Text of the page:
The exhibition 'Zulai 1 - Coming of the Light' incorporates Torres Strait Islander painting, printmaking, ceremonial objects, personal photographs and literature. Exhibition curator Nancy Bamaga has put together an eclectic exhibition. Ceremonial objects used in performance and dance feature prominently as do the representation and sculptural object of the feather Dhari, the motif used on the Torres Strait Islander flag.
Traditionally cultural exchange between Aboriginal and Torres Strait Islanders was limited to Coastal North Eastern Australia. Through visual arts many Torres Strait Islander people are finding a context to communicate with Aboriginal people, with Australia and the international community in ways that were not possible before.
The 2007 Telstra National Aboriginal & Torres Strait Islander Art Award winner Dennis Nona exemplifies the artistic success stories that are arising from the Torres Strait. Dennis's incredibly intricate printmaking has been gaining popularity in the Sydney market for a few years now. His success has allowed him to work on a scale that would seem to require a steamroller to print considering the size and intricate detail that is included in such works as the six metre long 'Yarwarr' that was exhibited at the National Gallery of Australia last year. The exhibition at Boomalli included works by Dennis as well as his cousin Eddie Nona, and their similar styles create a visual narrative that is unique and informative.
The cultural information in these stories presents the history of the Torres Strait in the words of Torres Strait Islander people. Not surprisingly the sea and the oceanic geography of these islands between Australia and Papua New Guinea provide the visual content of the art of the Torres Strait. The Torres Strait being the remnants of the land bridge that once existed between Papua New Guinea and Australia provides fertile ground for artists seeking to explore the dynamic relationship between contemporary Aboriginal and Torres Strait Islander people.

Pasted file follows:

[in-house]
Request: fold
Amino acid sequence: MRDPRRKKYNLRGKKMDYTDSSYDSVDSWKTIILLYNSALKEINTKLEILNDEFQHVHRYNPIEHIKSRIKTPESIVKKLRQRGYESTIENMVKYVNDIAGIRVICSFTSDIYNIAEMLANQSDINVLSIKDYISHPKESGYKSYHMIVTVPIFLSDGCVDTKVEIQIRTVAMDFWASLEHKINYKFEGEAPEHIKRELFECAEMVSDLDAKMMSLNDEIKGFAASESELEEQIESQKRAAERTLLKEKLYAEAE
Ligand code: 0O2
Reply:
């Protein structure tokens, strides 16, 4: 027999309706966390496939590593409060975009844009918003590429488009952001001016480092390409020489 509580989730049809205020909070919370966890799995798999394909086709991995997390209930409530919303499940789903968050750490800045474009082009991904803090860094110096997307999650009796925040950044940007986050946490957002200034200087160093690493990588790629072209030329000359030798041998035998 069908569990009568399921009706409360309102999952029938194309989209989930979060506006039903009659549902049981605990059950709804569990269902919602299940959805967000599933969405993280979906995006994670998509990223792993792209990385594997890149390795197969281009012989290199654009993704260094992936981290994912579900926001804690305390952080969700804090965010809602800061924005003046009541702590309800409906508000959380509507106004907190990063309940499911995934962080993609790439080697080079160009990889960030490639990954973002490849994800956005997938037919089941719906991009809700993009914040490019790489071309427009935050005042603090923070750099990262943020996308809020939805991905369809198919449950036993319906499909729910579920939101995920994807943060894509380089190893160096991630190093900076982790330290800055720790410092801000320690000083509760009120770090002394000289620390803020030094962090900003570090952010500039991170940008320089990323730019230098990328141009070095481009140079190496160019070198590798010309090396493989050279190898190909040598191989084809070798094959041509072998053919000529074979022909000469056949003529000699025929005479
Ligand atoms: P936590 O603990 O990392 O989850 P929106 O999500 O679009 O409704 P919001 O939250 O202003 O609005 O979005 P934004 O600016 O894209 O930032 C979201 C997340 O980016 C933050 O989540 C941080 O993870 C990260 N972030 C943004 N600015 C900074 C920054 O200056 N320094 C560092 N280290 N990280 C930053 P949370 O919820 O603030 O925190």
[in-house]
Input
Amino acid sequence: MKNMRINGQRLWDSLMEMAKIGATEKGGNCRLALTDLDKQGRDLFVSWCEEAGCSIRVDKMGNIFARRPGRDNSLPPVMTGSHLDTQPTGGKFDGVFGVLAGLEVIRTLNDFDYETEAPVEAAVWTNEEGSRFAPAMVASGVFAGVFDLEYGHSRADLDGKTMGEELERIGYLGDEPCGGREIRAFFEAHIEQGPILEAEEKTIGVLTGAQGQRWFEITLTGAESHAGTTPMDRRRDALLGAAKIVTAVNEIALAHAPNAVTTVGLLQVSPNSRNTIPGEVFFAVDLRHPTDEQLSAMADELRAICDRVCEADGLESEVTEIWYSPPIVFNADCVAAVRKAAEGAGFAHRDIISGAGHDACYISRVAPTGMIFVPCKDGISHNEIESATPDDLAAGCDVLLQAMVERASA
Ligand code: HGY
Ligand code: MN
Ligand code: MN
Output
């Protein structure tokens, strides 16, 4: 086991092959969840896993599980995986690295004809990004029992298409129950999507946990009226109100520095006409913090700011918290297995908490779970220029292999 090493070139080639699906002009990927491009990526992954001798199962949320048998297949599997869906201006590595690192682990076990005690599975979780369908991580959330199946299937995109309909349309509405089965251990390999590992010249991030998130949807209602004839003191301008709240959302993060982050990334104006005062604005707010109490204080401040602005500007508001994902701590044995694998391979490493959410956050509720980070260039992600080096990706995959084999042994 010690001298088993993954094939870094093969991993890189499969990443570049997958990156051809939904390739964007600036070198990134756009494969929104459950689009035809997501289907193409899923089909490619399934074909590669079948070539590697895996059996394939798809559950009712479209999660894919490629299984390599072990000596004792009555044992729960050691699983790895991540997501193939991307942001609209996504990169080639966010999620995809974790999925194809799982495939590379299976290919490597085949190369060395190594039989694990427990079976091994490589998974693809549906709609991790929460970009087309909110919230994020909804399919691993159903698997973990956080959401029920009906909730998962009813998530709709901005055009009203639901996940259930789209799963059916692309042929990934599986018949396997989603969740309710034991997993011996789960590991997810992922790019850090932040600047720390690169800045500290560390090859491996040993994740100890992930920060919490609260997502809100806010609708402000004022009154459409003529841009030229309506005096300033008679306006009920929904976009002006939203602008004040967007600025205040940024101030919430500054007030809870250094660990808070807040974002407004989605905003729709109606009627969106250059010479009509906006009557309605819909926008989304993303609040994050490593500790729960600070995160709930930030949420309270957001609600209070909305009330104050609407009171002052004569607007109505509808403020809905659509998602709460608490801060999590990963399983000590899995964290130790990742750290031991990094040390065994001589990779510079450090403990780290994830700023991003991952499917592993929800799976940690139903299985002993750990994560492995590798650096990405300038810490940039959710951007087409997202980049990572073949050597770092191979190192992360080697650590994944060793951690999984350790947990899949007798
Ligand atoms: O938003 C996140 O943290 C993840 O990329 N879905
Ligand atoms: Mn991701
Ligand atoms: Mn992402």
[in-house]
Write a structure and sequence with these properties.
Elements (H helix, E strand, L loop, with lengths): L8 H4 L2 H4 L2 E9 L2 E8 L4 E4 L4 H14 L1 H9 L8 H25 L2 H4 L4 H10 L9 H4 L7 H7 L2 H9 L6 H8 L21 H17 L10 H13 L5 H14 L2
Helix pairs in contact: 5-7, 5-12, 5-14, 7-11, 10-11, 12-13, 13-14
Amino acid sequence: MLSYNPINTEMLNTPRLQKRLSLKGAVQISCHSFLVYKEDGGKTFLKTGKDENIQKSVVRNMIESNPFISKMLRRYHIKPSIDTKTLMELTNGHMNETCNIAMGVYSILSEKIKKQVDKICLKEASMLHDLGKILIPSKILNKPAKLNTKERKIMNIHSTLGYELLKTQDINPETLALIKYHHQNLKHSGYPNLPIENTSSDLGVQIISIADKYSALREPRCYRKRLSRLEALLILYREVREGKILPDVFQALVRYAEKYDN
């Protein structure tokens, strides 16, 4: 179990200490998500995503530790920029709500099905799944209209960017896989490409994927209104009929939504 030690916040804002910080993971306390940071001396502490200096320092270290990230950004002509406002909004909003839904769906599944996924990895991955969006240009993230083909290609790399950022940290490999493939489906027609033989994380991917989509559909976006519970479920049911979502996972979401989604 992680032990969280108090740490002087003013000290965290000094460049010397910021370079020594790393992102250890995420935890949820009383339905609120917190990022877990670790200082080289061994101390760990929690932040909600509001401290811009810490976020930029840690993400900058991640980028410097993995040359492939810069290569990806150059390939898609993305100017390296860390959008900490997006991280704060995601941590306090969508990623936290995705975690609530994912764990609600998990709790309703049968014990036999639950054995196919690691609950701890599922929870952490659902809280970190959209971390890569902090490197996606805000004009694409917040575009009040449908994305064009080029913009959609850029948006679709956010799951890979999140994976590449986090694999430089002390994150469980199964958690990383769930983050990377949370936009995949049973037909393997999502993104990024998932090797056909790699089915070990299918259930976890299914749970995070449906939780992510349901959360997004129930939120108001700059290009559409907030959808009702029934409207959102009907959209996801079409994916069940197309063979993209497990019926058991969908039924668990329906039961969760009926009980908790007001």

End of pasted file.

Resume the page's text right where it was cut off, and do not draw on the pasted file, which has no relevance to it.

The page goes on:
Another highlight is the first exhibition in Sydney of Aicey Zaro. Aicey's preferred medium is paint on silk, and his bright and bold use of colour depicts the bright sunlit oceans of the Torres Strait. Crossing the divide between fine arts and cultural souvenirs, Aicey's hand painted necklaces cannot be made quickly enough for tourist centres such as the Gub Titui Cultural Centre on Thursday Island.
Aicey and Bernice Zaro have established their business, the Zaro Cultural Gallery in Home Hill south of Townsville thanks to a generous benefactor. After opening in late November 2004, the Centre has grown in strength thanks to Aicey's dedication to producing fine arts and authentic cultural products based on his heritage in the Torres Strait. Many international visitors are intrigued by the diversity of Torres Strait Islander culture and Aicy and Bernice are seeking to increase their exposure in Sydney.
Other artists include David Bosun, textile artist Rosie Barkus, Lisa Sorbie Martin and Alick Tipoti. The celebrations on Friday night included a free performance by one of the Torres Straits most successful musicians Christine Anu, and on Sunday the week-long celebrations concluded with an ecumenical service in Redfern.